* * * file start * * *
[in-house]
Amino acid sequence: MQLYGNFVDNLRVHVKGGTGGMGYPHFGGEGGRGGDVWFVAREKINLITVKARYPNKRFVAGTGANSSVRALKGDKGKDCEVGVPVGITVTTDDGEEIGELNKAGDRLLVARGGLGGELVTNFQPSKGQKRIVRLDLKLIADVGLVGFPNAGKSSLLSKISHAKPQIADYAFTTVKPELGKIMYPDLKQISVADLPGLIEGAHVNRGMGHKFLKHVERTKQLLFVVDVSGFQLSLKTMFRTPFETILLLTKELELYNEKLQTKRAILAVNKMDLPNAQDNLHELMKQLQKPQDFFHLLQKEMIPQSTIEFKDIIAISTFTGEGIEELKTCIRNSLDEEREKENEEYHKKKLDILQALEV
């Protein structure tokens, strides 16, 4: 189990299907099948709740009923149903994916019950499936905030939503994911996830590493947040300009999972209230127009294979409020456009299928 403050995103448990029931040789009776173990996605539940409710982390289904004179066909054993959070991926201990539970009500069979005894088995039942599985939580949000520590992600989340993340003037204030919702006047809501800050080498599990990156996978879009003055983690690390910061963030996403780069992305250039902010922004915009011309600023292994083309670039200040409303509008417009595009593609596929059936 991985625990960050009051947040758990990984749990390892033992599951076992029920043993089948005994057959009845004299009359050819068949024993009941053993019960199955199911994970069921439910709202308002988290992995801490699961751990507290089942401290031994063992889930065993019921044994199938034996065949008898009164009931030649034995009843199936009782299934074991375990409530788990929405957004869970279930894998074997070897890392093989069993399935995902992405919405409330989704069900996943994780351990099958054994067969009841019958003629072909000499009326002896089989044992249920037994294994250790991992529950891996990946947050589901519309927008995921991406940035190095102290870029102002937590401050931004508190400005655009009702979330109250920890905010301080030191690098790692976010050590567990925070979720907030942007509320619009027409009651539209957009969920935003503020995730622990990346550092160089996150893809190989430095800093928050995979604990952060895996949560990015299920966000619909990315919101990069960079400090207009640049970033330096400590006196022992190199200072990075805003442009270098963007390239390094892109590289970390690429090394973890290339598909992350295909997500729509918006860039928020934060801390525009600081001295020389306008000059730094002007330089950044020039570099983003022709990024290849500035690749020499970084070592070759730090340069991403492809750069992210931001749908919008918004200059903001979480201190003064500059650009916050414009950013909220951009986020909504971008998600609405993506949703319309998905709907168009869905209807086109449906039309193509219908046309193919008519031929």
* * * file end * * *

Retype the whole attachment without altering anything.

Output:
[in-house]
Amino acid sequence: MQLYGNFVDNLRVHVKGGTGGMGYPHFGGEGGRGGDVWFVAREKINLITVKARYPNKRFVAGTGANSSVRALKGDKGKDCEVGVPVGITVTTDDGEEIGELNKAGDRLLVARGGLGGELVTNFQPSKGQKRIVRLDLKLIADVGLVGFPNAGKSSLLSKISHAKPQIADYAFTTVKPELGKIMYPDLKQISVADLPGLIEGAHVNRGMGHKFLKHVERTKQLLFVVDVSGFQLSLKTMFRTPFETILLLTKELELYNEKLQTKRAILAVNKMDLPNAQDNLHELMKQLQKPQDFFHLLQKEMIPQSTIEFKDIIAISTFTGEGIEELKTCIRNSLDEEREKENEEYHKKKLDILQALEV
């Protein structure tokens, strides 16, 4: 189990299907099948709740009923149903994916019950499936905030939503994911996830590493947040300009999972209230127009294979409020456009299928 403050995103448990029931040789009776173990996605539940409710982390289904004179066909054993959070991926201990539970009500069979005894088995039942599985939580949000520590992600989340993340003037204030919702006047809501800050080498599990990156996978879009003055983690690390910061963030996403780069992305250039902010922004915009011309600023292994083309670039200040409303509008417009595009593609596929059936 991985625990960050009051947040758990990984749990390892033992599951076992029920043993089948005994057959009845004299009359050819068949024993009941053993019960199955199911994970069921439910709202308002988290992995801490699961751990507290089942401290031994063992889930065993019921044994199938034996065949008898009164009931030649034995009843199936009782299934074991375990409530788990929405957004869970279930894998074997070897890392093989069993399935995902992405919405409330989704069900996943994780351990099958054994067969009841019958003629072909000499009326002896089989044992249920037994294994250790991992529950891996990946947050589901519309927008995921991406940035190095102290870029102002937590401050931004508190400005655009009702979330109250920890905010301080030191690098790692976010050590567990925070979720907030942007509320619009027409009651539209957009969920935003503020995730622990990346550092160089996150893809190989430095800093928050995979604990952060895996949560990015299920966000619909990315919101990069960079400090207009640049970033330096400590006196022992190199200072990075805003442009270098963007390239390094892109590289970390690429090394973890290339598909992350295909997500729509918006860039928020934060801390525009600081001295020389306008000059730094002007330089950044020039570099983003022709990024290849500035690749020499970084070592070759730090340069991403492809750069992210931001749908919008918004200059903001979480201190003064500059650009916050414009950013909220951009986020909504971008998600609405993506949703319309998905709907168009869905209807086109449906039309193509219908046309193919008519031929």